PA Escape (M2) is not a Crime of Violence

In US v. George Hopkins, No. 06-5091 (3d Cir. Aug. 21, 2009), the 3rd Circuit ruled that escape as a second degree misdemeanor in Pennsylvania does not count as a "crime of violence" for purposes of the Career Offender enhancement in the Guidelines, USSG 4B1.1. In so ruling, the Circuit recognized that its prior decision to the contrary in US v. Luster, 305 F.3d 199 (3d Cir. 2002), has been effectively overruled.

Hopkins was convicted of drug trafficking. At sentencing the district court concluded he qualified as a career offender because he had two qualifying predicate offenses under USSG 4B1.1. One of the prior convictions was for escape under Pennsylvania state law. The escape occurred when local police went to Hopkins' home to arrest him for failure to appear for a traffic violation. Hopkins ran out the back and was caught as he tried to jump over a fence.

Hopkins challenged the sentence on appeal, and the Circuit initially affirmed on the basis of its prior deci…

Materiality and filing of false claims with IRS

In United States v. Saybolt, Nos. 07-4392 & 4429 (Aug.18, 2009), the 3rd Circuit held (1) that filing false claims with the IRS, in violation of 18 USC sect 287, does not require proof that the false claims or statements were "material." But the Court also held (2) that conspiracy to defraud the US by filing false claims with the IRS, in violation of 18 USC sect 286, does require proof of materiality in that the government must prove that the conspirators "agreed that those false statements or representations would have a material effect on the Government's decision to pay a false, fictitious, or fraudulent claim." The Court went on to hold (3) that that indictment was nonetheless sufficient, in spite of its failure to use the term "material," because the factual allegations implied materiality, and (4) that the district court's failure to instruct on materiality was harmless in light of the evidence which showed beyond a reasonable doubt t…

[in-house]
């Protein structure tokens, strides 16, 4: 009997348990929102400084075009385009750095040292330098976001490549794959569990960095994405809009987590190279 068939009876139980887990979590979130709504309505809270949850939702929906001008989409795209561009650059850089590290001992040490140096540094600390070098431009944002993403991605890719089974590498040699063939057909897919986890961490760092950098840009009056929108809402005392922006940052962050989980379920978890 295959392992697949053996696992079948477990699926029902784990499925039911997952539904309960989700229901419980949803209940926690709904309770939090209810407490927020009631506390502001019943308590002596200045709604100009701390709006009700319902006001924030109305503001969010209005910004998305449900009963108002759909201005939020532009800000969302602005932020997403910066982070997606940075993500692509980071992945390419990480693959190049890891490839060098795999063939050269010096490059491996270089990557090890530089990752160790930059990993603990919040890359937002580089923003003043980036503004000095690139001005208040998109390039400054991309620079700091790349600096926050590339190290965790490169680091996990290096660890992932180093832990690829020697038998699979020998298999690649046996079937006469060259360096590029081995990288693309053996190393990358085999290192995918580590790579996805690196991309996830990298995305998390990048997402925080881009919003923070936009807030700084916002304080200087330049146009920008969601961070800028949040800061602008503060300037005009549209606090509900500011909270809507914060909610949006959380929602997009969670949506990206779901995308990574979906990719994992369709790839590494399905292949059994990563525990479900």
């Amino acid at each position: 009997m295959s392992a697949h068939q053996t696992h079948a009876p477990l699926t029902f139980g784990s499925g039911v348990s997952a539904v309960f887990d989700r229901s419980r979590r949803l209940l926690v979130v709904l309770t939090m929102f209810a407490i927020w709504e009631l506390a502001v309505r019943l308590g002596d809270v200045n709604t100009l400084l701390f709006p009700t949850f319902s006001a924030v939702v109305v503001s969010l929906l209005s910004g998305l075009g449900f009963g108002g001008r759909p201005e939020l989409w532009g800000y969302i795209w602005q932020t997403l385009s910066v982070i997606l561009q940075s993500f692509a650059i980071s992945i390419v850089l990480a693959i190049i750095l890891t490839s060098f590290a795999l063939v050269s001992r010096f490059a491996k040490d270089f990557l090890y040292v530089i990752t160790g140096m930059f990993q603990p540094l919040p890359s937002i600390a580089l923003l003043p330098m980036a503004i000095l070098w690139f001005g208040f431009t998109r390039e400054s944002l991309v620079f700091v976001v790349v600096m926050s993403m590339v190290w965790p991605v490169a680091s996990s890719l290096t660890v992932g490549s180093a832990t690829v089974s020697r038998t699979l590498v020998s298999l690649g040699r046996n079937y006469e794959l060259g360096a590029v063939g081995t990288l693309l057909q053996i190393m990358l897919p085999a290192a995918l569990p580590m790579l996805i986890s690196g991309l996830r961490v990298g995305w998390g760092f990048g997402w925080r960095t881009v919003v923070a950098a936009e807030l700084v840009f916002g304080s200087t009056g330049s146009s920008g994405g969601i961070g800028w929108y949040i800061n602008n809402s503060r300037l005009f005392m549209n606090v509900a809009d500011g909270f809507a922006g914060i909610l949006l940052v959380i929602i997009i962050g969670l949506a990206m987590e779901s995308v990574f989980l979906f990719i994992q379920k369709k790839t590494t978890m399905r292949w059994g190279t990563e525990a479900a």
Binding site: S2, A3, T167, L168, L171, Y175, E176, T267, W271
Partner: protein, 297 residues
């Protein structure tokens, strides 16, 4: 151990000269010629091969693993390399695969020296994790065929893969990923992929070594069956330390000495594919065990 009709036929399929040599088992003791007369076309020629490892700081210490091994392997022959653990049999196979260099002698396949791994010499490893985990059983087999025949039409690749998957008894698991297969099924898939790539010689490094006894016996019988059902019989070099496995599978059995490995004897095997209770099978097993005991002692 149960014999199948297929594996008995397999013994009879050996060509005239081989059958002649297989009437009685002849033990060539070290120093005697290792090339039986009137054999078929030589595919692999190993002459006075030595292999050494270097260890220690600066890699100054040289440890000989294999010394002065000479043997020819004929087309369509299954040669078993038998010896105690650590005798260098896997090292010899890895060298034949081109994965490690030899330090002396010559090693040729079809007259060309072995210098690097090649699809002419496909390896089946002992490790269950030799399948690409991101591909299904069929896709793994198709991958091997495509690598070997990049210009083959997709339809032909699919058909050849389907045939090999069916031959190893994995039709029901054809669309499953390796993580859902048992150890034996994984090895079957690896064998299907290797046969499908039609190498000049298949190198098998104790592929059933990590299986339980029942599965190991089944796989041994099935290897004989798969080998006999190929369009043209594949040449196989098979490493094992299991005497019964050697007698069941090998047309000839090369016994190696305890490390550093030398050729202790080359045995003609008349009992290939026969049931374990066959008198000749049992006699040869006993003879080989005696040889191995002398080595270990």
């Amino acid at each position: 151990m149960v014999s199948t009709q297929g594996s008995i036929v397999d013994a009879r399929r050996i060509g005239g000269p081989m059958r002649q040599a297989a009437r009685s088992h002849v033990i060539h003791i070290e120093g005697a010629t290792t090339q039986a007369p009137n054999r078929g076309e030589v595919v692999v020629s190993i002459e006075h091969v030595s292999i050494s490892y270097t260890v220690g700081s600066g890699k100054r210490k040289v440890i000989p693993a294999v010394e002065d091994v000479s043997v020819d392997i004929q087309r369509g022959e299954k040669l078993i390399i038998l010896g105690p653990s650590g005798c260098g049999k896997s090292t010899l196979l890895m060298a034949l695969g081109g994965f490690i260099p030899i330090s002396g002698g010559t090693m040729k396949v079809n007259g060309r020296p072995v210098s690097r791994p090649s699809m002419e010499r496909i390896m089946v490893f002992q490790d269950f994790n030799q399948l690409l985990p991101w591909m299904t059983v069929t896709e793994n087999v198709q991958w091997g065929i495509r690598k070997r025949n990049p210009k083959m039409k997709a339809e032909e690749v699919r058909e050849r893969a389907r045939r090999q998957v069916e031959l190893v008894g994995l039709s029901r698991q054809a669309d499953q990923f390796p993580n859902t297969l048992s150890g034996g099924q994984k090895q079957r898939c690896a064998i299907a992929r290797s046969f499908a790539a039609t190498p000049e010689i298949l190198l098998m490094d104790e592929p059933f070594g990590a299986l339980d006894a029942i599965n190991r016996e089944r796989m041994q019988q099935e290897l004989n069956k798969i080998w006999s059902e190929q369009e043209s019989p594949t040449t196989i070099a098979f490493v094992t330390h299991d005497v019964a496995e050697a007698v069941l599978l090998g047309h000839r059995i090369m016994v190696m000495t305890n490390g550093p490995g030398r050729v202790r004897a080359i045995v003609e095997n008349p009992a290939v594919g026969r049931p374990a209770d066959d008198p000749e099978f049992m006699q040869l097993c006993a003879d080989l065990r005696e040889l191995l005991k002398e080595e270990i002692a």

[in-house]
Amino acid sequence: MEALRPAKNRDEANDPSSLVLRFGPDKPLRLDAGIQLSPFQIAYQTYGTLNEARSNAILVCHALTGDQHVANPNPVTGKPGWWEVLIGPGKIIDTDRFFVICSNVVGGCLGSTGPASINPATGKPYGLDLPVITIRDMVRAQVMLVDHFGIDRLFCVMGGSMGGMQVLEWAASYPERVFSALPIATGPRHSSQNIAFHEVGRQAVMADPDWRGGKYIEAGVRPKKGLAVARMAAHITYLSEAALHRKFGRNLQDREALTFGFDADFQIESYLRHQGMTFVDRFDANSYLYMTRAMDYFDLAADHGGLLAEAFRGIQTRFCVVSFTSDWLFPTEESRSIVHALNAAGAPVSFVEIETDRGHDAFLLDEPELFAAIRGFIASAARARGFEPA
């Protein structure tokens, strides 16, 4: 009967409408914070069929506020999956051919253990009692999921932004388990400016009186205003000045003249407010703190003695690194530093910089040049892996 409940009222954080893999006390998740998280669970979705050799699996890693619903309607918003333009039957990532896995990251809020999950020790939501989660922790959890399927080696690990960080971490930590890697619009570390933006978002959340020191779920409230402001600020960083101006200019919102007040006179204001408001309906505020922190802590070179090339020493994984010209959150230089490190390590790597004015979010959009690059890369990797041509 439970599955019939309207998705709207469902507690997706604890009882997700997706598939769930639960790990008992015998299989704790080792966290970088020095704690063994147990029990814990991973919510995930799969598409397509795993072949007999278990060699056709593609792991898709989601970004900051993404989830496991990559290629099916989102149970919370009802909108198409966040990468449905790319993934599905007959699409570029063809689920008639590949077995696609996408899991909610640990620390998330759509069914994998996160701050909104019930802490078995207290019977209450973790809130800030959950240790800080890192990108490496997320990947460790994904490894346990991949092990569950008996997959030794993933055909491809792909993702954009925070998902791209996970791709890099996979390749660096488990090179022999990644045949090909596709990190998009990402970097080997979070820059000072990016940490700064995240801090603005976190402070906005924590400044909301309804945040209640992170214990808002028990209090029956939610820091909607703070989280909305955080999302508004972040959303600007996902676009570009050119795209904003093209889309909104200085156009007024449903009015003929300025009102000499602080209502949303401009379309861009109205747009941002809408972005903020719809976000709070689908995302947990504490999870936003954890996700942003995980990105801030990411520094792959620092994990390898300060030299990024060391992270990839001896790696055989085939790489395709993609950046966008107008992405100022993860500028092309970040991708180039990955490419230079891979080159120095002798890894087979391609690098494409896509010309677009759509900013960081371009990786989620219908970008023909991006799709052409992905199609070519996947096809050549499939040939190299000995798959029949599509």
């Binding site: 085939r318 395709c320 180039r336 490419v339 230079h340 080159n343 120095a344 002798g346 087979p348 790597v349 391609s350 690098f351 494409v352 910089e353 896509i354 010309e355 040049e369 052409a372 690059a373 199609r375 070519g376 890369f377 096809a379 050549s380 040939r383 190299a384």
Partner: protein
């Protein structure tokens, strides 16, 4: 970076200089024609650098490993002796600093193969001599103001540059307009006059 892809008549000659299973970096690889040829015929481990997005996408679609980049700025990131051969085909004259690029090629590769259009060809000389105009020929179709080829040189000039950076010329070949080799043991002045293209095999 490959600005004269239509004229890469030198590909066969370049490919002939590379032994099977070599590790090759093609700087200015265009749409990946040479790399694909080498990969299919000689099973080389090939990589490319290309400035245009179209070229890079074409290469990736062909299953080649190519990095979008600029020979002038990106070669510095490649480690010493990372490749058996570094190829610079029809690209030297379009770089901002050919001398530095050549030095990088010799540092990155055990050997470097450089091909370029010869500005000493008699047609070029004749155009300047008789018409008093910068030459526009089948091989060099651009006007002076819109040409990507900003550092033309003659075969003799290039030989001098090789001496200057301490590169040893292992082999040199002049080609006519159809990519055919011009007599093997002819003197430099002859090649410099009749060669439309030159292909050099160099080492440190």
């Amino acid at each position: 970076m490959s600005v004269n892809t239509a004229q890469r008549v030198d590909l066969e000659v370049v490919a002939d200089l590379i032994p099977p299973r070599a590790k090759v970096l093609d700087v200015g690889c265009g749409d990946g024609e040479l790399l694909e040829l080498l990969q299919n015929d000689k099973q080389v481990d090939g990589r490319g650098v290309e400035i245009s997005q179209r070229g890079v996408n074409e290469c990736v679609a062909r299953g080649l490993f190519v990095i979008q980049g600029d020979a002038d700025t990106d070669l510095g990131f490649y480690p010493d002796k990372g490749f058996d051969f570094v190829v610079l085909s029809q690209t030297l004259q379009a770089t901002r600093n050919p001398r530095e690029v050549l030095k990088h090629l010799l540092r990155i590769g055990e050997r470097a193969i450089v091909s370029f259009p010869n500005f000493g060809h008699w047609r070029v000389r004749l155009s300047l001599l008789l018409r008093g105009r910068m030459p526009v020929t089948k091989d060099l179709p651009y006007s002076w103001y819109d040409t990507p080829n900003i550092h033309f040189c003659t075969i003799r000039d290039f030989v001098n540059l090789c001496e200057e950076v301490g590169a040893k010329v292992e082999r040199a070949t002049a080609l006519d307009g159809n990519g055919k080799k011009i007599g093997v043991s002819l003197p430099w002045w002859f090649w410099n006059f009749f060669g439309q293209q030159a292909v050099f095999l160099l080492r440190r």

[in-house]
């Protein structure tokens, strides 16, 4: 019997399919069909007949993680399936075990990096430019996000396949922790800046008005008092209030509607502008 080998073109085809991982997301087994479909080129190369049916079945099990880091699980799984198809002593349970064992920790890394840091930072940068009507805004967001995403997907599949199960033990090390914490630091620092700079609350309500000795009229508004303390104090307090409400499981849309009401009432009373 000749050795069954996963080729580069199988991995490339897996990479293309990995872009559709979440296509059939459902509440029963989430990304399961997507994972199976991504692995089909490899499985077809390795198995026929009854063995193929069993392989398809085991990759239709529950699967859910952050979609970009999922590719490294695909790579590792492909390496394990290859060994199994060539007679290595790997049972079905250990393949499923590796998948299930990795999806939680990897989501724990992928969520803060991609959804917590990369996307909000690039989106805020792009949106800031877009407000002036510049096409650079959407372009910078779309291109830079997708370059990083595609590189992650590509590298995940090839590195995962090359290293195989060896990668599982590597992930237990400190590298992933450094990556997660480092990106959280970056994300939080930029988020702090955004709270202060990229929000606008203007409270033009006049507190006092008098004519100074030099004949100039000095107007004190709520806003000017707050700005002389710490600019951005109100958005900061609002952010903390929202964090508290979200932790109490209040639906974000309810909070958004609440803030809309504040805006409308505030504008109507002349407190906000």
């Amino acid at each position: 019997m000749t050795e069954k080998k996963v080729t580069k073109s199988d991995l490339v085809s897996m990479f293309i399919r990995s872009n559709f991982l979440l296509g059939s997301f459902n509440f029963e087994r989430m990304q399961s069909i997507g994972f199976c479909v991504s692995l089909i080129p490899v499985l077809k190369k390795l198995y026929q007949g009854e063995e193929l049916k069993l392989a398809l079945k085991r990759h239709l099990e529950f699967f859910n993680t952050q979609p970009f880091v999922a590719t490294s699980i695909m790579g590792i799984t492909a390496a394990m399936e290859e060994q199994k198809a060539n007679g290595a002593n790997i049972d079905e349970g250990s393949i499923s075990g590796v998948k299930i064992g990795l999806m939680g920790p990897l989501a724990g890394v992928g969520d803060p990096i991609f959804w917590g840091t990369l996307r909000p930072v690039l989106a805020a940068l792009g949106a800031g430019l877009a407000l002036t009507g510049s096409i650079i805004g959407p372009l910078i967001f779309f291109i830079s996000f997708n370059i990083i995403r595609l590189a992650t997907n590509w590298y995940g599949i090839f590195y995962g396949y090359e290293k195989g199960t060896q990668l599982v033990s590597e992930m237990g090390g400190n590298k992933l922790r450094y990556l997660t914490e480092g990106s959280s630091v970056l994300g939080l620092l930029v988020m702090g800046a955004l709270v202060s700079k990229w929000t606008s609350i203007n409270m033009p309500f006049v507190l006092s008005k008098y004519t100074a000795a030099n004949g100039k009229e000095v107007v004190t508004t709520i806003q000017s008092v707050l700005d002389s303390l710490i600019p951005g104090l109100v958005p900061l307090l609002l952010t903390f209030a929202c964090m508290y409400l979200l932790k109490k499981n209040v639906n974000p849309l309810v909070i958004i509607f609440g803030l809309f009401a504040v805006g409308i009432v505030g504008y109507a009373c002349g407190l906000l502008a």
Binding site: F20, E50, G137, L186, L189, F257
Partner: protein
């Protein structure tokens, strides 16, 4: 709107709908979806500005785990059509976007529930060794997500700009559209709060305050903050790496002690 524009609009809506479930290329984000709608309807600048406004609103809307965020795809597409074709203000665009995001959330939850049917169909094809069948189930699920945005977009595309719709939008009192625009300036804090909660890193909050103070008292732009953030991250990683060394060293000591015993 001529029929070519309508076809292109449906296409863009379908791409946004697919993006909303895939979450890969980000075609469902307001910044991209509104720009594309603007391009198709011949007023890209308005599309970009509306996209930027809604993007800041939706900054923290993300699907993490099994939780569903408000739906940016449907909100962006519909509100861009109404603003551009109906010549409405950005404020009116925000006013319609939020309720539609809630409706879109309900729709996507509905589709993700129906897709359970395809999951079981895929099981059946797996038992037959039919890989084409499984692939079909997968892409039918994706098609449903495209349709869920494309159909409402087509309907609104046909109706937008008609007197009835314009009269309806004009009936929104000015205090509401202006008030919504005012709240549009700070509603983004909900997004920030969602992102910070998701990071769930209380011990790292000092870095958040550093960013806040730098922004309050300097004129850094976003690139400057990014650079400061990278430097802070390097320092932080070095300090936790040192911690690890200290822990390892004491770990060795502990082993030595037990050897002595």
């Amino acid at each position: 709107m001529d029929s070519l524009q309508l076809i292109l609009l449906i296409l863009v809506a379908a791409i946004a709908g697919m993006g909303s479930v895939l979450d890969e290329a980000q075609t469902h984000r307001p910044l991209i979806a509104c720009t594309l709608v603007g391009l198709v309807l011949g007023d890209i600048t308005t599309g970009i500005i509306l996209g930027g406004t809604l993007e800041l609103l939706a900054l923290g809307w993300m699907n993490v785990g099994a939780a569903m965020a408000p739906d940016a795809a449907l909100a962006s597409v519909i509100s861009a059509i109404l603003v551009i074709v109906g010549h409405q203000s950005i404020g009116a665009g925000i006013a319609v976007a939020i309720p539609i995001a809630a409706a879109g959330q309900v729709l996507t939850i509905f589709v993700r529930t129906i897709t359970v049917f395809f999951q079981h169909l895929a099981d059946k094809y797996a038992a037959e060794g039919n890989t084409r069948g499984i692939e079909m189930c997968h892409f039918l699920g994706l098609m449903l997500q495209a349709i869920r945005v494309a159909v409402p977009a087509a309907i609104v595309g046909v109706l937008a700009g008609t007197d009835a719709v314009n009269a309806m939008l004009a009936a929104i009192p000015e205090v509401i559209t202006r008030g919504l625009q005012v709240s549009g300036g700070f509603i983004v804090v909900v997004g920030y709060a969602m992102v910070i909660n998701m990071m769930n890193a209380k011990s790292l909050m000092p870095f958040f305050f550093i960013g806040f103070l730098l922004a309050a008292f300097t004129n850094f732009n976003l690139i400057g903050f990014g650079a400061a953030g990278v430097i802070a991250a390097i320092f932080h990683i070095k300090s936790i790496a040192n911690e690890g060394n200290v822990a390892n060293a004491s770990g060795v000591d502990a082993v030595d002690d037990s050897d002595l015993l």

Post-Begay, Possession of a Weapon In Prison Is Not Considered a “Crime of Violence” Under the Career Offender Guidelines

In United States v. Polk, No. 08-4399 (August 12, 2009), Terrell Polk appealed his sentence of 37 months’ imprisonment for possession of a "shank" in prison. While an inmate at USP Lewisburg, a correctional officer performed a search of Polk's cell and discovered a "six-inch plastic homemade shank in an envelope containing his personal papers." Polk was charged with one count of possession of a prohibited object designed to be used as a weapon, in violation of 18 U.S.C. § 1791(a)(2), and pleaded guilty. At sentencing, the District Court determined that Polk’s offense constituted his third predicate "crime of violence" under the Career Offender Guidelines, resulting in a Sentencing Guidelines range of 37-46 months. Without the career offender enhancement, the Guidelines range would have been 27-33 months. Polk did not object to his career offender designation despite the fact that Begay v. United States, ___ U.S. ___, 128 S.Ct. 1581 (2008), had been de…

Child Porn: Circuit upholds use of relevant conduct and conditions of release

In United States v. Thielemann, No. 08-2335, the defendant was indicted and pleaded guilty to one count of receiving child pornography. He was sentenced to the statutory maximum of 240 months of imprisonment. He appealed the district court’s consideration of non-charged relevant conduct in calculating his offense level and two special conditions of supervised release restricting computer use and viewing of sexually explicit material.

The district court at sentencing determined Thielemann’s offense level under § 2G2.1, an increase of 10 levels, (offenses causing a minor to engage in sexually explicit conduct for the purpose of producing a visual depiction), using a cross-reference to uncharged relevant conduct—codefendant’s molestation of a minor carried out at defendant’s inducement via the internet. The Third Circuit affirmed the use of relevant conduct in determining the offense level.

The Court also upheld both special conditions of supervised release. The restriction on possessi…